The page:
7 Things You Should Know About Your Child’s Anxiety
Anxiety can grab hold of kids at any point during their young lives, and sometimes it’s hard to pinpoint its origins—your child might be a budding perfectionist, or have developed some concerns over self-esteem, or is nervous about succeeding later in life. Recognizing some specific types of anxiety, though, can lead parents to the best tools to help their kids to cope.
Suffering from test anxiety is so common among kids that it’s practically a rite of passage, whether they’re struggling in school or A-plus students. Maybe you have a child who does quite well in particular subjects, and even has an apparent mastery of the topic, but when it comes to test-taking, she freezes. Sound familiar? Stress can get the best of kids, but there are many ways to relieve test anxiety—good preparation being the primary one, and most teachers will work with your child to help them be more successful.
Tests that make a difference on college applications, such as the ACTs, SATs, and other exams, can be particularly troublesome. There are tutors available who specialize in these tests (check with your child’s school as a possible resource) and there are full-length practice tests to help them get ready for the big day. Preparation is a big part of relieving the stress and anxiety that can come with testing. You can even schedule your students to take the test twice, knowing they can eliminate the worse of two scores.
Take a Deep Breath
The stress is real: Some students may actually feel physical symptoms of anxiety during the test itself. It’s important to pay attention to and acknowledge what your child says about their uneasiness or to recognize when they may be keeping those concerns from you. Ask them questions about what their specific fears are—talking about it can help steer them away from a cascade of worries, and it may help them see that failure will not lead to permanent disaster. You can help by keeping your child healthy—encouraging sleep, a reduction in screen time, regular physical activity and use of relaxation activities such as deep breathing or yoga.
Be a Study Buddy
On testing for younger children, who might worry over the possibility of minor tests or pop quizzes, going back to that “preparation is key” mantra makes all the difference. Use study time as parent-child time, helping them study in a way that works best for them, like flashcards, oral quizzes or a special homework station. If your students have regular homework time or designated hours of study each evening, they can feel confident they’ve already gone over the potential exam material, even if they don’t feel quite ready when their teacher says, “Close your books.”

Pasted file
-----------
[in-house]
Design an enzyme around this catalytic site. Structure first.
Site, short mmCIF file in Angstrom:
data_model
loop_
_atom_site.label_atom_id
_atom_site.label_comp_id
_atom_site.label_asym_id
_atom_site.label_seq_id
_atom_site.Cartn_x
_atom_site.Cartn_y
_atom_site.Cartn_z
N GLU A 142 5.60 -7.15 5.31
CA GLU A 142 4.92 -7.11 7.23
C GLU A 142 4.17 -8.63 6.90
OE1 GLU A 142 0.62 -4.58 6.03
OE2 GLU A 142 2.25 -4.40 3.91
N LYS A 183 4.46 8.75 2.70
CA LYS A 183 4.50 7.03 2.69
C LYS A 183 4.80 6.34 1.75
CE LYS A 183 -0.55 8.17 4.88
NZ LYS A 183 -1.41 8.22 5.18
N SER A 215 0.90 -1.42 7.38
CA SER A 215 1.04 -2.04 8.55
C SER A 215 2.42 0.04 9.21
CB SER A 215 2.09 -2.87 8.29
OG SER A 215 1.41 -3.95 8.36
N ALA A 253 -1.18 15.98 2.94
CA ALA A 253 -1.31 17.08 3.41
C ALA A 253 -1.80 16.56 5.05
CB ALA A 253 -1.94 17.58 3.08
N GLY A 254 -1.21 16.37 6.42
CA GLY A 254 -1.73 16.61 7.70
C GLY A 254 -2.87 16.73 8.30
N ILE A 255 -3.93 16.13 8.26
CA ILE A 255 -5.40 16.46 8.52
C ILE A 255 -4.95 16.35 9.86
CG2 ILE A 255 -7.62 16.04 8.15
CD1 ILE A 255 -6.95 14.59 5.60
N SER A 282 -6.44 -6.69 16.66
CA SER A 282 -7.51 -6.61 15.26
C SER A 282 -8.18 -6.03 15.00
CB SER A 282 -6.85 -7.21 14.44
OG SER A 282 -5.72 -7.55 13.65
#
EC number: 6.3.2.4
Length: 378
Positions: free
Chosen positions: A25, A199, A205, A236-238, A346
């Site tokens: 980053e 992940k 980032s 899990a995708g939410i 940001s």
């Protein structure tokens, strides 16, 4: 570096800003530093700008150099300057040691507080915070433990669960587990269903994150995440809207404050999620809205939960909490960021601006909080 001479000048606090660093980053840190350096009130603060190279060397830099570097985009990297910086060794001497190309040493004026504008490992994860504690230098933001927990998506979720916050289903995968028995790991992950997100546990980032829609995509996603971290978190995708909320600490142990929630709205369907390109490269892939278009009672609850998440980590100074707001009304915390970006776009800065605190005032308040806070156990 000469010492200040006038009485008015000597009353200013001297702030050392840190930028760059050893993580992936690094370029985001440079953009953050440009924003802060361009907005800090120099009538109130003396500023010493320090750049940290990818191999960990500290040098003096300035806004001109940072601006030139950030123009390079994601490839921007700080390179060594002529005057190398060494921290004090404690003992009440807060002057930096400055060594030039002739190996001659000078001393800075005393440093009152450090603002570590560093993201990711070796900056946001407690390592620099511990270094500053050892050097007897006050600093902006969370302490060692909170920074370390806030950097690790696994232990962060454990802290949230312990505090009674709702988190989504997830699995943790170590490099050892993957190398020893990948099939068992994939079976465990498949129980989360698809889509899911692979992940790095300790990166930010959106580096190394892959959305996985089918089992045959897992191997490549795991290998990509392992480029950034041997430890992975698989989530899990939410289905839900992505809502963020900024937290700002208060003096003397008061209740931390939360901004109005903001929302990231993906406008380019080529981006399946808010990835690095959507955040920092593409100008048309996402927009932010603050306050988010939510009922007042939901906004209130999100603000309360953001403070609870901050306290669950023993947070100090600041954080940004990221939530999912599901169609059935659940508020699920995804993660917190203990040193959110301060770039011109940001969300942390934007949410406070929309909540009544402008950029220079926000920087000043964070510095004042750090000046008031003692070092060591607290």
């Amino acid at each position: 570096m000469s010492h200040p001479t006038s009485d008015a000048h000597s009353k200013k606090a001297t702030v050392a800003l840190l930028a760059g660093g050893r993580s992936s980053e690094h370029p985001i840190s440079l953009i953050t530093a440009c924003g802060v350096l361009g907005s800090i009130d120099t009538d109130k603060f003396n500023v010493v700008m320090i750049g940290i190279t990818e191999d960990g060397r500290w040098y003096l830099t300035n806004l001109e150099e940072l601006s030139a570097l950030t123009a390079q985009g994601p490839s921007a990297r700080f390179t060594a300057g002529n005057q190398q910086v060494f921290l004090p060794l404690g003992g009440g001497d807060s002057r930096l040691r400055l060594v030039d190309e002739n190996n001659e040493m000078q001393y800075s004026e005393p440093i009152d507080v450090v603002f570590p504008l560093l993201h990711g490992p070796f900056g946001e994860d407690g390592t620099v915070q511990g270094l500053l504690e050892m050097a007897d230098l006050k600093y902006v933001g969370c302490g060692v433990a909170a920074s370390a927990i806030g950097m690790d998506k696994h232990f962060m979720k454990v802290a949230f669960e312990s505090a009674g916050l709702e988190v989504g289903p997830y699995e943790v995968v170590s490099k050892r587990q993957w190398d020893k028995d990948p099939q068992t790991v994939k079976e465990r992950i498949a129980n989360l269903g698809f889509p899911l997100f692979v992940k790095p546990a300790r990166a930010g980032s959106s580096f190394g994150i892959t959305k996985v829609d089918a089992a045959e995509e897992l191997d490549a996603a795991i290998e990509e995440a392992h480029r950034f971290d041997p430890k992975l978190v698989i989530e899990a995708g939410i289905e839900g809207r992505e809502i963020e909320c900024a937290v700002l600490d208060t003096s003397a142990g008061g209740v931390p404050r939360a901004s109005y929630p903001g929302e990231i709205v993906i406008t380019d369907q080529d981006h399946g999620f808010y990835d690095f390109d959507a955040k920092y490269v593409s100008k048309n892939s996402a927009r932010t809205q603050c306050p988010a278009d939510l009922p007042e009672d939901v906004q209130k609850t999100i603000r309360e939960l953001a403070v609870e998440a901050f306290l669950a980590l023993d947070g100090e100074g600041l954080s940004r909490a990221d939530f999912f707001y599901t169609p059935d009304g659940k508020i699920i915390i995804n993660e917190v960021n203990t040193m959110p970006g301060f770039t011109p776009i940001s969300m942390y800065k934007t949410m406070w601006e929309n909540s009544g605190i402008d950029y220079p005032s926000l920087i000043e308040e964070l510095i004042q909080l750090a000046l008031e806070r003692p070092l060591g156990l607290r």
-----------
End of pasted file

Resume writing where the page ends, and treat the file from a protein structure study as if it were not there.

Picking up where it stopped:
With kids involved in many after-school and community sports programs and other activities, sooner or later they may experience some worry over a game, performance or competition. As the sporting events move into more competitive levels, this anxiety can mount. If not treated, this type of anxiety can spill over into college or work environments.
Find the Source of Concern
As with testing, your child may not voice his or her concerns right away. You might instead hear them talk about quitting the sport or activity they previously enjoyed. Some might even feign injury or experience real physical symptoms associated with performance anxiety. Articulating the concern, whether it’s letting down team members or not having enough confidence in skills and abilities, can help pinpoint where their efforts can be focused. Positive self-talk and visualization can replace negative thinking and fatalism.
Stress What’s Really Important
Make sure your kids know it’s OK to fail or perform poorly—what’s important really is giving it their best effort, and coming back with a plan to change the performance next time, whether it’s more preparation, practice or learning a new technique. Let your child know that they are perfect exactly the way they were created, and that everyone makes mistakes.
Children may experience some level of anxiety in social situations at the onset of new situations, such as entering school for the first time, changing grades, or taking a class that pushes them out of their comfort zone. They may feel anxiety about meeting new friends, or the possibility that they won’t. These are all common concerns, and you can help your child cope with the effects of social anxiety.
Visualize a New Outcome
Teaching relaxation techniques, just as with test anxiety, can make a big difference. Deep breathing exercises coupled with soothing mental imagery can help bring a child back from the depths of his concerns. Helping to reframe negative thinking (“I don’t have any friends”) with more positive ideas (“I have an opportunity to make friends”) will become an important tool your child can use throughout life. If your family has a particular faith, be sure to use prayer if it is helpful and calming to your child.
Seek Additional Help When Needed
Some children develop a diagnosable Social Anxiety Disorder, marked by a significant amount of stress or fear surrounding interactions with others. If your child often expresses a strong desire to avoid situations where they will interact with others, ask your child about what’s happening. Sometimes this stress can be induced by troubling situations, such as bullies at school or an inciting incident like an embarrassing day in the classroom. If the answers are less clear, talk to your child’s school counselor, a pastor in your church, or turn to another mental health professional about the best way you can help.
Anxiety issues in kids are highly common, and rest assured, there are lots of tools for parents to help their kids overcome the challenges caused by this stress. And knowing you’re there to support them and cheer them on is one of the most valuable anxiety-fighting tools you can give them.